Editor’s note: This article was initially published in The Daily Gazette, Swarthmore’s online, daily newspaper founded in Fall 1996. As of Fall 2018, the DG has merged with The Phoenix. See the about page to read more about the DG.
On November 6th, the Green Advisors (GA’s) held a surprise audit of waste disposal in Kohlberg Hall and the Science Center. They separated all the contents of the trash cans and compost bins into piles of compost, trash, and recycling, then weighed each pile.
Here’s what the GA’s found:
63 lbs of trash
27.5 lbs of recycling
79 lbs of compost
Over 100 pounds of waste that could be diverted are being sent to the incinerator each day from two buildings alone.
In one day’s compost from the Science Center and Kohlberg:
6.5 lbs of compost
1 lb of trash
.5 lbs of recycling
Only 7.6% of the compost we generate actually makes it to the compost bin.
1) Why should we care?
All the trash from Swarthmore gets burned in an incinerator in Chester, releasing CO2 and pollutants into the atmosphere. Recycling saves materials from getting burned and allows them to be reused. Composting saves materials from getting burned and turns them into very rich soil that the College can use.
2) What is compostable?
Any organic matter aside from meat, dairy, and grease! Eggshells, fruit scraps, paper towels, paper plates, and paper cups are all compostable. The plastic cups from the coffee bars are compostable as well. These cups say “greenware” on the bottom.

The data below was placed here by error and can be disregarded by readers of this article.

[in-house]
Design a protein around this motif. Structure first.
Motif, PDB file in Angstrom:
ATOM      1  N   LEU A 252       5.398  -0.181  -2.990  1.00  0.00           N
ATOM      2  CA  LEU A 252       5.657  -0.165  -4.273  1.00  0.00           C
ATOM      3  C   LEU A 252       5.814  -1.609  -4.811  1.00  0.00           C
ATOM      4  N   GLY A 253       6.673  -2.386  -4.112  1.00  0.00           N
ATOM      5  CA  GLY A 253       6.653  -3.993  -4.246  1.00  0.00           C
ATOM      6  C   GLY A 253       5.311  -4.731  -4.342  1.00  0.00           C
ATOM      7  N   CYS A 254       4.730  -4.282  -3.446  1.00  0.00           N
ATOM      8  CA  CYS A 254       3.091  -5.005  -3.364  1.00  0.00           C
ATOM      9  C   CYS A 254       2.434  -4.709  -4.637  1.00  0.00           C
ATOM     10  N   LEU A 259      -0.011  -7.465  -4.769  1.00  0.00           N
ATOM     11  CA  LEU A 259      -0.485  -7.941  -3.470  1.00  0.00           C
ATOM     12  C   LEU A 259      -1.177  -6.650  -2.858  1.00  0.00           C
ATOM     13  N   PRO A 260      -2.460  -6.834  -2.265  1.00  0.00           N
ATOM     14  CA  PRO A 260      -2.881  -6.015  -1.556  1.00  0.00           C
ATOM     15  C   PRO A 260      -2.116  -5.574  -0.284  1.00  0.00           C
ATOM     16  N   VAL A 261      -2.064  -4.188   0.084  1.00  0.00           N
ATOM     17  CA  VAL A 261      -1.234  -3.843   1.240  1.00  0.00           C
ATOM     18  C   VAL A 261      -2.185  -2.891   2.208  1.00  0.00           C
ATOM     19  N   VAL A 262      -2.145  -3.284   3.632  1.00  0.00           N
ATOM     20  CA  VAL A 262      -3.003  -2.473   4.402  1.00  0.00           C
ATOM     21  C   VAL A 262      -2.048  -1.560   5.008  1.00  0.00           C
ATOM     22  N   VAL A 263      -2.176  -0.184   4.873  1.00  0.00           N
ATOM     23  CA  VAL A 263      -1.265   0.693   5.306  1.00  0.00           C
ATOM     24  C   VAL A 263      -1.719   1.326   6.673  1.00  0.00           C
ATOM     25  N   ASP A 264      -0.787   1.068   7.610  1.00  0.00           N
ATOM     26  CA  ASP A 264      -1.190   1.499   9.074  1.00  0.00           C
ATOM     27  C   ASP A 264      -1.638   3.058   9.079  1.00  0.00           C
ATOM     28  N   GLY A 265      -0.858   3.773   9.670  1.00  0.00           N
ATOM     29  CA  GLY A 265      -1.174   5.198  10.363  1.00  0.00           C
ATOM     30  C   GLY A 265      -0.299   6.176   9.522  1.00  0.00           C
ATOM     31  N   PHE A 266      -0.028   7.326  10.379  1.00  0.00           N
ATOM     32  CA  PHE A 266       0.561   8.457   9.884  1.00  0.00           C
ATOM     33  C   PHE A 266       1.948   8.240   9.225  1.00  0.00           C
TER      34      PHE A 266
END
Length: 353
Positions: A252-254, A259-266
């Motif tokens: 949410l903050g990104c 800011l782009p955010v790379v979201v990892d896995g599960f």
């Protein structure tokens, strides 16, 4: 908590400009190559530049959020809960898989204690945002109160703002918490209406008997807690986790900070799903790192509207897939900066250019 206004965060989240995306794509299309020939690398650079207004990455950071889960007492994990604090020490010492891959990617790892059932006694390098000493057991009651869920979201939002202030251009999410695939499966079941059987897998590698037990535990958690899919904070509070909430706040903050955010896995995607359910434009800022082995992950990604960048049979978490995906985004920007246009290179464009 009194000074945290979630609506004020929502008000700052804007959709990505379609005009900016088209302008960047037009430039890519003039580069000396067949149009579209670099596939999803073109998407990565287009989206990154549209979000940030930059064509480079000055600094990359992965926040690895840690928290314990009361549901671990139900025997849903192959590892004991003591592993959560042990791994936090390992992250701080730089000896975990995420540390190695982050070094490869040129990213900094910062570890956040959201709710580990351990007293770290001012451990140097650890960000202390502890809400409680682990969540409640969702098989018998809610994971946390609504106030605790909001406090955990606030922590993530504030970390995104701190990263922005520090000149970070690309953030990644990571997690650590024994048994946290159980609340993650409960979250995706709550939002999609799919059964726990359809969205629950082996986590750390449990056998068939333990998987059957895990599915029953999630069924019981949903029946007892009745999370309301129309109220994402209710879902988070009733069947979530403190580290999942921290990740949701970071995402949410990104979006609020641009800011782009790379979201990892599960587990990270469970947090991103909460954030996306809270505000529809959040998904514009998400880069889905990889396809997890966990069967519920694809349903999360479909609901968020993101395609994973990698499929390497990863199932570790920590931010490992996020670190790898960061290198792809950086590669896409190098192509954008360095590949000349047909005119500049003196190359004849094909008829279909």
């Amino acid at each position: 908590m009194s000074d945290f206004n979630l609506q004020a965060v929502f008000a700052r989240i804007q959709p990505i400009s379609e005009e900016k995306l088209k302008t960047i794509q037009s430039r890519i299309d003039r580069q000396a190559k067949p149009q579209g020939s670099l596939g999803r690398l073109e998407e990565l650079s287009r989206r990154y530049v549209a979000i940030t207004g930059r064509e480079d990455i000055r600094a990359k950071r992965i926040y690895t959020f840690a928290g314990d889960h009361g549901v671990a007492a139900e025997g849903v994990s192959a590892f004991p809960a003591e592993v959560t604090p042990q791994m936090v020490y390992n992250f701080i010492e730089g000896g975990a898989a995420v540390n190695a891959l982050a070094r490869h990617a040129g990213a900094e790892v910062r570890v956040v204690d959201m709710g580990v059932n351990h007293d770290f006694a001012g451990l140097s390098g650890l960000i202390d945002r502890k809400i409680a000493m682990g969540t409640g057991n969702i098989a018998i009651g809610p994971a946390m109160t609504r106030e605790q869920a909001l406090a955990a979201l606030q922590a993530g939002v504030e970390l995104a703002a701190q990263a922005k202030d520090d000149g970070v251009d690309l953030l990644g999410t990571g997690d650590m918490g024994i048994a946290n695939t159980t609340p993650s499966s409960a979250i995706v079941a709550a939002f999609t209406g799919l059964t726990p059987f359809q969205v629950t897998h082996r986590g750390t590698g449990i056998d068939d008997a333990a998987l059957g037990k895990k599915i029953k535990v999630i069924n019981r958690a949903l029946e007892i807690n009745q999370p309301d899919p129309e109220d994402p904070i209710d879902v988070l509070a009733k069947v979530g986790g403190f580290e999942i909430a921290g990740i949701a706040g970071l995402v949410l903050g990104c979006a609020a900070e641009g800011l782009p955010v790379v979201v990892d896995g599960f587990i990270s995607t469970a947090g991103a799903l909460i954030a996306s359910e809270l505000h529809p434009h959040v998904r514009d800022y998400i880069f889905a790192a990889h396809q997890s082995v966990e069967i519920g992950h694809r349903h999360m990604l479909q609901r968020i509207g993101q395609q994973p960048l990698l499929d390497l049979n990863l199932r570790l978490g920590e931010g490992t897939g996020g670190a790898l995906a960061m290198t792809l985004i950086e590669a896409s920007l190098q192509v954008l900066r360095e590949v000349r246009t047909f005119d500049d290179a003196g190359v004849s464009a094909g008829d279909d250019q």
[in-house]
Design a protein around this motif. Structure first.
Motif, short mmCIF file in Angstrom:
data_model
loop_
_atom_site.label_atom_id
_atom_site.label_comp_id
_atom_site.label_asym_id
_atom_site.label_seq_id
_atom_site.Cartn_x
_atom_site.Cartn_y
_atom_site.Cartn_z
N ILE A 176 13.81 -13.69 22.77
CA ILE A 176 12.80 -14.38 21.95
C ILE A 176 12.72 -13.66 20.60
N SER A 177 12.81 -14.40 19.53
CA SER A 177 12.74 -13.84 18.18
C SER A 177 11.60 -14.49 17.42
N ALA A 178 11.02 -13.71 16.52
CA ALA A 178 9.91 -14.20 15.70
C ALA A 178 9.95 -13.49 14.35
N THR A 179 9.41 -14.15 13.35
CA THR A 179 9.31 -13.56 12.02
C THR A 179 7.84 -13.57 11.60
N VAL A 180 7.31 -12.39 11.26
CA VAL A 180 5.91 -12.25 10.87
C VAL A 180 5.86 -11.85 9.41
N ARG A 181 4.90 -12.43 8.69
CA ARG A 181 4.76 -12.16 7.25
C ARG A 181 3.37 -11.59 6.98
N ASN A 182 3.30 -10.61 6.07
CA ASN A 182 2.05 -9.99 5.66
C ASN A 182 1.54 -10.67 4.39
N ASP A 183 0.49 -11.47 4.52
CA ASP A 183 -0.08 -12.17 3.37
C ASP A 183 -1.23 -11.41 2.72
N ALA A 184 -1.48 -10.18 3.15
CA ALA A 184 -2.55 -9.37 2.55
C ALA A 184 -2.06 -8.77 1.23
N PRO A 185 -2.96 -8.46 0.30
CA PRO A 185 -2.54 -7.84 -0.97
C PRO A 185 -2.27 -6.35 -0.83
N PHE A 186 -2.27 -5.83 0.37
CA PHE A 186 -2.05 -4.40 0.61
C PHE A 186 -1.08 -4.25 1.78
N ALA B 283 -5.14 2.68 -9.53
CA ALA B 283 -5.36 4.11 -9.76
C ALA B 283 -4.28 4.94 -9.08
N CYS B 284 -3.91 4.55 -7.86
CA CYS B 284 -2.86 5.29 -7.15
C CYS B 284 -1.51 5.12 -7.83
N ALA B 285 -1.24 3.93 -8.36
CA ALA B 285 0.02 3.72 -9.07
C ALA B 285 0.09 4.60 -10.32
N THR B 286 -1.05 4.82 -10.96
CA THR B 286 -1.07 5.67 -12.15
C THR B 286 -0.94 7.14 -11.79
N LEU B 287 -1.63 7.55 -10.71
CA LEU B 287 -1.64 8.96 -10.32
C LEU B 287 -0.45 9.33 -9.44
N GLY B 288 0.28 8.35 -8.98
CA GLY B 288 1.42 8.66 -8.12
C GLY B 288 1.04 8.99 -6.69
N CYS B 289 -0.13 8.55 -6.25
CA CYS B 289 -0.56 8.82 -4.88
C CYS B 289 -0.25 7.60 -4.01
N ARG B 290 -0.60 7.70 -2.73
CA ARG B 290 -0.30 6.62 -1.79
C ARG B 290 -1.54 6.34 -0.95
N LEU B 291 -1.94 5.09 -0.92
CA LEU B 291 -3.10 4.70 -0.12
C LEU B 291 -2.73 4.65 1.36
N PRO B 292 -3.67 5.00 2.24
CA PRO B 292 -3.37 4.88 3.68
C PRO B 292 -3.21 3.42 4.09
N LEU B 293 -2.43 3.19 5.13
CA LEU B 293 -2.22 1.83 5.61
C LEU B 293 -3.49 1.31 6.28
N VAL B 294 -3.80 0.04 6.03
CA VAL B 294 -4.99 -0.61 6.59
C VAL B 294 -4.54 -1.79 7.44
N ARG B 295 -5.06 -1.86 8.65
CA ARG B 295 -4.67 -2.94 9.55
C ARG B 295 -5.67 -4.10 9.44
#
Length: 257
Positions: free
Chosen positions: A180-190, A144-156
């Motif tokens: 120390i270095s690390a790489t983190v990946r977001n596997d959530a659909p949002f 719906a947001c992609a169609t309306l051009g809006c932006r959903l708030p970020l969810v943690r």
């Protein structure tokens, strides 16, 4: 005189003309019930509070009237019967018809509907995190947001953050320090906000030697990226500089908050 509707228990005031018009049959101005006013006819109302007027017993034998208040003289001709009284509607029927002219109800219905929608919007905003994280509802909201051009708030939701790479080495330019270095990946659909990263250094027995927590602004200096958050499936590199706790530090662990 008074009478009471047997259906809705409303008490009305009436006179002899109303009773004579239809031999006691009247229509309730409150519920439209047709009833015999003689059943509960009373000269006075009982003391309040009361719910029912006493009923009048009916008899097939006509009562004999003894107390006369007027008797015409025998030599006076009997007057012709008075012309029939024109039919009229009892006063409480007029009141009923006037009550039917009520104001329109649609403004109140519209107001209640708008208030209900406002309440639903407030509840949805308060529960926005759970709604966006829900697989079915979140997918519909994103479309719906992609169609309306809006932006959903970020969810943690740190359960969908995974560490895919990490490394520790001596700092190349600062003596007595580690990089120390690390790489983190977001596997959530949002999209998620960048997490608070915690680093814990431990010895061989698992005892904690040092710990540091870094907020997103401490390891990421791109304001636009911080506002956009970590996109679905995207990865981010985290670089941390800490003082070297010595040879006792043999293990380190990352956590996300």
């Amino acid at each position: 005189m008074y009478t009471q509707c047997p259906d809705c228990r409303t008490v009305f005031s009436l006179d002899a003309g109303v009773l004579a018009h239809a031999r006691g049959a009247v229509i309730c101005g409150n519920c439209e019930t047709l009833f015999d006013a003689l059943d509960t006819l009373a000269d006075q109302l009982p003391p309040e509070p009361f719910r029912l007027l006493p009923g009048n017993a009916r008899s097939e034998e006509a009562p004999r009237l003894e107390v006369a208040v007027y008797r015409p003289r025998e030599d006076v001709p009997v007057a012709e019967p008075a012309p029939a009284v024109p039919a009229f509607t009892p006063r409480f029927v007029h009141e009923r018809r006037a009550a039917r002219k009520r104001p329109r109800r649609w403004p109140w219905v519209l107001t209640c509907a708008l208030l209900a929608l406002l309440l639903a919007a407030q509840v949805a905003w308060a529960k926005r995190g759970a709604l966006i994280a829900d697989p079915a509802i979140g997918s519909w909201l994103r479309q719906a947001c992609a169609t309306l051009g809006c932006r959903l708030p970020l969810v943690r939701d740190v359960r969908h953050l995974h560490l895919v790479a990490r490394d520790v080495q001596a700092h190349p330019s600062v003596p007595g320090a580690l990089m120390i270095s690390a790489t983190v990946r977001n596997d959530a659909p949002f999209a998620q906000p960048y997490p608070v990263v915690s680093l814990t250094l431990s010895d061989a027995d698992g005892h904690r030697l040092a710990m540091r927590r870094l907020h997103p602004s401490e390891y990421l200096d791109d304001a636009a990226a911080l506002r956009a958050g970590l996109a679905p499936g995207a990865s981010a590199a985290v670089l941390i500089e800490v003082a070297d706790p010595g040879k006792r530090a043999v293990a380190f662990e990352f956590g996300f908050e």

3) What is recyclable?
Any plastic with a recycling symbol on the bottom numbered one, two, four, or five. In addition, Swatties can recycle metal, cans, glass, and all clean paper products.
4) What has to be thrown away?
All plastic utensils
5) What were some rules the GA’s saw people forget?
Margaret Kuo’s boxes go in the recycling
Paper coffee cups go in the compost
Plastic utensils must go in the trash
6) Where are the compost bins?
There are large compost bins in the Kohlberg and Science Center coffee bars labeled “compost.” There’s also a bin in Sharples and two bins in Essie Mae’s. If you have a Green Advisor on your hall, there is also a small bucket in your hall lounge.
This article is a collaboration between The Daily Gazette and the Swarthmore GA’s including Kelley Langhans ’16, Laura Laderman ’15, Olivia Ortiz ’16, Hazlett Henderson ’17, Indiana Reid-Shaw ’17, and Heidi Kern ’17. Other GA’s and Ecosphere members volunteered to help with the trash audit.
All photos courtesy of Hazlett Henderson ’17.